Gbarpolu County — Two cases of Schistosmiasis, a disease also known as snail fever, has been confirmed at the Chief Jallah Lone Medical Hospital in Bopolu City, Gbarpolu County.
The cases were discovered in Forkpa Town, Bokomu District before being confirmed at the major hospital in the county. Over seven communities are affected in Bokomu District.
Gbarpolu County Health Team medical diagnosis done on several people in Bokomu health district show 327 individuals were examined for Schistosomiasis in three towns.
County Health Officer (CHO), Dr. Anthony Tucker, said snail fever was first diagnosed in September this year.
The CHO said a surveillance team was sent investigate the situation and reported that there were lots of people presenting the symptoms.
"We went on an outreach in that area and we were able to diagnosed 327 schistose and immediately administered a single dose of Praziquantel tablet to reduce the severity of the symptom," Dr. Tucker said.
The disease symptoms are painful or bloody urination, abdominal pain, and bloody diarrhea. While anemia or low blood, malnutrition and learning disabilities can also be developed in children with repeated cases of the infection.
The parasite schistosoma is transmitted by contact with contaminated fresh water occupied by snails carrying the parasite.
Many kids who swim, bath and fish in contaminated water in the area are at risk of contracting the disease.
Some of these parasites are trapped in the body and cause damage to internal organs, which can contribute to loss of life.
The US Center for Disease Control labeled the disease as the most deadly Neglected Tropical Disease (NTD), which has killed more than 200,000 people each year in Africa.
In Gbarpolu County, the disease has become a health concern in communities and affected families are asking for government and partners support to keep out the tropical disease in their areas.
According to locals, the lack of basic sanitation facilities and save drinking water is making the disease to thrive in the region.
Others say the lacks of regular awareness about some preventable diseases is a major cause of the snail fever and other diseases in the area.
Other are asking for safe drinking water and supports to enable them build their own latrines.
Morris Cole, a resident of Forkpa Town said the situation is beyond their control.
"Once we do not have good water, our children will continue to suffered because they are always bathing in the river and other water that are not running," Cole said.
"The only way this worm business can stop is for government to help us now."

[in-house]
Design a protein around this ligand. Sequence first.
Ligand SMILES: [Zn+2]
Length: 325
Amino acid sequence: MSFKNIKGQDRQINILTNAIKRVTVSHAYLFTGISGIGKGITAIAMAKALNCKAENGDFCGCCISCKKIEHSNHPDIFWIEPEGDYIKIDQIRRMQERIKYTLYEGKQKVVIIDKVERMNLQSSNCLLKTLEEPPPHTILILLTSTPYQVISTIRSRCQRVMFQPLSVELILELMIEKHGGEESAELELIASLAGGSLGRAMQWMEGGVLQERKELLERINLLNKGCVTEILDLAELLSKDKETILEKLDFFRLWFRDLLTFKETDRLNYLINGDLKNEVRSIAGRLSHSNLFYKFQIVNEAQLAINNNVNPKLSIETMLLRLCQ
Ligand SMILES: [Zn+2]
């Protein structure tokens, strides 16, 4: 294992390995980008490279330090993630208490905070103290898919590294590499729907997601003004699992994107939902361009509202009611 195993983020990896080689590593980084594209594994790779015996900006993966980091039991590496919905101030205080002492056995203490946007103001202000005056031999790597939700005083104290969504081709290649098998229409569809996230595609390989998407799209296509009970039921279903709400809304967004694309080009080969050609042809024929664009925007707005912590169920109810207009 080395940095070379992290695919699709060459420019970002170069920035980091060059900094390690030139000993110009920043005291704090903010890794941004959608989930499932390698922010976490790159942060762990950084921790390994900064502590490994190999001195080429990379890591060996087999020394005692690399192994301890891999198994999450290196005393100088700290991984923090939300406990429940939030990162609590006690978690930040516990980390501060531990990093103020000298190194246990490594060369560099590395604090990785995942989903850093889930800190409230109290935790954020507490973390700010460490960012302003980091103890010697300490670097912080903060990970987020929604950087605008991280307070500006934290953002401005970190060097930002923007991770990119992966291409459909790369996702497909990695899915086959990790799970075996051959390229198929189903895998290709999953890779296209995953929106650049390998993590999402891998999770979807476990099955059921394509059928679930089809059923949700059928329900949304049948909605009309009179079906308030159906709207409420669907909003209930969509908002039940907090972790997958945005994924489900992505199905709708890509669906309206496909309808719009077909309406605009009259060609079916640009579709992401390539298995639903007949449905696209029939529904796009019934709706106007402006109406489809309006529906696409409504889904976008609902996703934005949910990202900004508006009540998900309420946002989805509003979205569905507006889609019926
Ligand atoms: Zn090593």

There's only one public clinic in the district and due to its location, locals of Forkpa, Gbarng-gborke, Belle Yallah, Sakkpadeh, Gungbeta and Torlekala Towns have to rely on a private clinic in the area.
Alice David, a resident of Gbarnga-gborke Town said: "This clinic here charges us more money to give tablets to our children. As a result we are suffering here, so we need government to help us with clinic."
Another mother, Mary Flomo of Torlekalah Town said: "Some time when you go to the clinic and you don't have money, the nurses cannot take care of your child."
"My son was short of blood, according to the clinic people, because there was no money, so he died on the road when we try carrying him on a bike to the hospital."
A nurse, Harris Mulbah of the privately run Sis. D. Medical Clinic in Gbarnga-gborke Town, said providing subsidy to the clinic would enable it deliver adequate and affordable health services. Mulbah said when the Snail fever was discovered; they immediately contacted the county health team that made some intervention by treating infected children.
"Those that have it (snail fever) were many; they were not able to treat everybody," he said, adding that people are still going to the clinic with same problem.
"We don't have some of the medicine here, so we can give them antibiotic and referred them."
The lack of ambulance to refer patients with complicated cases is another challenge in the area and Mulbah says "Some death has occurred while families endeavored to carry their relatives to the only referral hospital on motor bikes."
The County Surveillance Officer (CSO) of Gbarpolu, Augustus Alfred said partners of the health team have provided Praziquantel medicine, which is the primary type of treatment for Schistosomasis.
Alfred said upon the availability of funds, the county health team would do a mass distribution of drugs by giving a single dose of praziquante to people that presenting symptoms of the parasite to reduce the severity of the subsequent re-infection.
"We are currently doing health education campaign about the risks of getting infected by bathing and fishing in fresh running water as well as stagnant water," Alfred said.
Editor's Note: This story was written in collaboration with Local Voices Liberia media network. Local Voices is a network of Liberian journalists from across the 15 counties working to lift stories that are underreported by using its platform www.localvoicesliberia.com